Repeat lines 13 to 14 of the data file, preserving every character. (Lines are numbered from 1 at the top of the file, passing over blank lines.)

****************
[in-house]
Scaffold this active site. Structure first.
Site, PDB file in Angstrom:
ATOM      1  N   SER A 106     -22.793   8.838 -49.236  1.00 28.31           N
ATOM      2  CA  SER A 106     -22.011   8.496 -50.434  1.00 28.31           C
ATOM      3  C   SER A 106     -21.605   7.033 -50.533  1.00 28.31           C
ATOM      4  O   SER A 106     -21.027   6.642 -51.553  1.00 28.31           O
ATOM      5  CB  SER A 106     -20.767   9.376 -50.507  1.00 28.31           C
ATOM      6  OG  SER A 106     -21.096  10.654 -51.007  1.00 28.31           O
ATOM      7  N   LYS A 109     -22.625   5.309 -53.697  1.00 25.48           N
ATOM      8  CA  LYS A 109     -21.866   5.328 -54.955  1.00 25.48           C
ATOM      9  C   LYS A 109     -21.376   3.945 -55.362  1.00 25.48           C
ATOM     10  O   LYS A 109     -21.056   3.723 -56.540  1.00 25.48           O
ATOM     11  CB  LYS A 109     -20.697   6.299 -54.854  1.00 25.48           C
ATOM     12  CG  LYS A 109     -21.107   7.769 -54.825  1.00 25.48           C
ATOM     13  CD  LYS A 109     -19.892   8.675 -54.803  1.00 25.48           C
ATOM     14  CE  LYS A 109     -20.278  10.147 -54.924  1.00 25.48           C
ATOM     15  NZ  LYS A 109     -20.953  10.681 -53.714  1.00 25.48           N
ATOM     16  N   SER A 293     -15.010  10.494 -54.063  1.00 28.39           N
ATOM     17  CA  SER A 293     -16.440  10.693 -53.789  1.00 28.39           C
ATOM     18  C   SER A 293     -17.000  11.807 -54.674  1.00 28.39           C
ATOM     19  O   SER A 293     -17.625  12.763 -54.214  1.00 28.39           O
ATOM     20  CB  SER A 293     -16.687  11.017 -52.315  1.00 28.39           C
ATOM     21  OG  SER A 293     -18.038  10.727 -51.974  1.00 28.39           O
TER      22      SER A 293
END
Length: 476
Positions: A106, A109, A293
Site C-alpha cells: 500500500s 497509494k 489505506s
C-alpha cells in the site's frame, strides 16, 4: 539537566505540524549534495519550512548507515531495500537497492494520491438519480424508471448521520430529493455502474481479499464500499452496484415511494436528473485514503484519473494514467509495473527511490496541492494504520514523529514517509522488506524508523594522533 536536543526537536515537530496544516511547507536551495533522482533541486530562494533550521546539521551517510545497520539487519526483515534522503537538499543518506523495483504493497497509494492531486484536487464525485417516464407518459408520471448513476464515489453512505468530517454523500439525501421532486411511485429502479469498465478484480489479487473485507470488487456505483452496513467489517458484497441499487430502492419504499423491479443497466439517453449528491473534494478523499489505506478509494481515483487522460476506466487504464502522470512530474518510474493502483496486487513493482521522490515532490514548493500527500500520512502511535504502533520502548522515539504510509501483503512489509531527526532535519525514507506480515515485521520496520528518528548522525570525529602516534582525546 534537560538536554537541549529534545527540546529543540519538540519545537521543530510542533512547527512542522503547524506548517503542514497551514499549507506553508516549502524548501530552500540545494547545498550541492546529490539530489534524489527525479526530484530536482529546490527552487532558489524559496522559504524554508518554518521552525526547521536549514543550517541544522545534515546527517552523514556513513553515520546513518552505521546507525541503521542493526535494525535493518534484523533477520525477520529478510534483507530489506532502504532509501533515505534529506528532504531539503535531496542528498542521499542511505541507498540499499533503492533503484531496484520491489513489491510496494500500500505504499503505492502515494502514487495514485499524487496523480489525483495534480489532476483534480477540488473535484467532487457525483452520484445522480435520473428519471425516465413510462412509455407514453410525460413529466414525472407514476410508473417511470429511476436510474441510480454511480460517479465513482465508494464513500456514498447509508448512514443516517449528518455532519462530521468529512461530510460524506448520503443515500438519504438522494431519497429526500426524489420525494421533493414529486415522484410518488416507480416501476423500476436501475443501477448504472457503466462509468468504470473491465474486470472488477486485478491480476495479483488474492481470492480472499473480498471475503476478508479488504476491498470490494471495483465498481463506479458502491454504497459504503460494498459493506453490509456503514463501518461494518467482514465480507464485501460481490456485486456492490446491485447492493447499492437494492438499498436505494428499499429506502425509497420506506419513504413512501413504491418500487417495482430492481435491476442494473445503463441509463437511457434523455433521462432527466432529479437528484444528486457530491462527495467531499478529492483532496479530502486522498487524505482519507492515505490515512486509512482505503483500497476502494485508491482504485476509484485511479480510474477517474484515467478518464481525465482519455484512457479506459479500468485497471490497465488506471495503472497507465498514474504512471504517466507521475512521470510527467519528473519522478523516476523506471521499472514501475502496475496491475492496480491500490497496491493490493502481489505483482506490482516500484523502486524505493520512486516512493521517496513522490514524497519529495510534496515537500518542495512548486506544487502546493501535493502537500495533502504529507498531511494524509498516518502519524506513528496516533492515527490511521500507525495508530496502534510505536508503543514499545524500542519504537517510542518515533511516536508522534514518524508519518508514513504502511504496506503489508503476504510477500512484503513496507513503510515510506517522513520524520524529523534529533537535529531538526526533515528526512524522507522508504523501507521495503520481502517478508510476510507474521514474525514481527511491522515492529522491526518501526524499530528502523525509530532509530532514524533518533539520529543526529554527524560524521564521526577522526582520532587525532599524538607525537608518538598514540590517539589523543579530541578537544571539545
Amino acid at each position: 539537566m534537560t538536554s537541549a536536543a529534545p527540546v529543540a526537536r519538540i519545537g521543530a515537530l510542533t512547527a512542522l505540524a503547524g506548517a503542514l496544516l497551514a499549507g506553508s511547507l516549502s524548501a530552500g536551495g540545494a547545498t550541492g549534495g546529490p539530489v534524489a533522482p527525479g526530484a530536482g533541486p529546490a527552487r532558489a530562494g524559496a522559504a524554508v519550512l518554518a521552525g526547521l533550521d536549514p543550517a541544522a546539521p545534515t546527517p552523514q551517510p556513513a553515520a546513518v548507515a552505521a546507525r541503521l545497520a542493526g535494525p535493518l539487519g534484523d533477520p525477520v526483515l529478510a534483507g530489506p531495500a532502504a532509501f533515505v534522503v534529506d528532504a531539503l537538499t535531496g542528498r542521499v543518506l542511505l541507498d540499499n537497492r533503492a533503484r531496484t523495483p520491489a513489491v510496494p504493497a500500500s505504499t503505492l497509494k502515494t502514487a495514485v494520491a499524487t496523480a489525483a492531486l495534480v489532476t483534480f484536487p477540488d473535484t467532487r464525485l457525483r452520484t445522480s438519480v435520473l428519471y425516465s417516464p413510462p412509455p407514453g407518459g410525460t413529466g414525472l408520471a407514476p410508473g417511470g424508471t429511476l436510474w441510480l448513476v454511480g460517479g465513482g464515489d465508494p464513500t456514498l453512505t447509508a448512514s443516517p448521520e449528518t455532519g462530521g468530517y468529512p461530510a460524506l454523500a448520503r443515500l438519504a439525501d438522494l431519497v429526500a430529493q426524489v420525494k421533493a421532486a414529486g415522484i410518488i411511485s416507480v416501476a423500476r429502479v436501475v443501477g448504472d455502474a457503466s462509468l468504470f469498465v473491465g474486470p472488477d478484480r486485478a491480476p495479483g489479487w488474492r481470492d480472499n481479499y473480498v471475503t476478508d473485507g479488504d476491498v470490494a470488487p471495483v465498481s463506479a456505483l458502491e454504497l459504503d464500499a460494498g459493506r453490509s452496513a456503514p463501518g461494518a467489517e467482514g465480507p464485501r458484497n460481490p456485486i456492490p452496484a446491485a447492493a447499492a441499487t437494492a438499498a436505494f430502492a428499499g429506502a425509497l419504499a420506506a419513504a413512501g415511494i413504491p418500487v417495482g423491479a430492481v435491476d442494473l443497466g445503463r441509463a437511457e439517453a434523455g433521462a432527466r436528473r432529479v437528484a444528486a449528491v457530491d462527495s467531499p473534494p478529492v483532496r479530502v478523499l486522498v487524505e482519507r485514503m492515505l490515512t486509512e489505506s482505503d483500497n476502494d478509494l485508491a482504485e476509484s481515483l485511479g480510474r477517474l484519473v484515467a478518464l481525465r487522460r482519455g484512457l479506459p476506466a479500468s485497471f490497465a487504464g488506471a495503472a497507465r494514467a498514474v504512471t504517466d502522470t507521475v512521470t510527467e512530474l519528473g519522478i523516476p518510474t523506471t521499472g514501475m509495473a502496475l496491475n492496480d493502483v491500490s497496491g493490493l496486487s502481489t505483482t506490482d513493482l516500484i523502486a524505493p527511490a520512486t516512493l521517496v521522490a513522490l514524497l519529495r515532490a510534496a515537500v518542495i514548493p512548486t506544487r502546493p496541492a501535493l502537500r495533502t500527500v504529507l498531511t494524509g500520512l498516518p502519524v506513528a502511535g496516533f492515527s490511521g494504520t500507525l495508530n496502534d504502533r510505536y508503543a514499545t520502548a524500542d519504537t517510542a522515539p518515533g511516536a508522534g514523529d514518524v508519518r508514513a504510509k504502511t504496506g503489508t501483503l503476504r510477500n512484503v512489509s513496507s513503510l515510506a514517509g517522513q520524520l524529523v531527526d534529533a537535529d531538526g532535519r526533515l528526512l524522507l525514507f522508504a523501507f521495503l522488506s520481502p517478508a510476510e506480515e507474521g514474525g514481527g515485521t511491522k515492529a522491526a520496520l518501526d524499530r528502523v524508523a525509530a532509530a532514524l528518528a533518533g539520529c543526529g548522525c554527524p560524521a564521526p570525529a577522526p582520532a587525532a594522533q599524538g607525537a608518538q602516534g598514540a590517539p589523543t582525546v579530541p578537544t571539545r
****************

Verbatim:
ATOM     10  O   LYS A 109     -21.056   3.723 -56.540  1.00 25.48           O
ATOM     11  CB  LYS A 109     -20.697   6.299 -54.854  1.00 25.48           C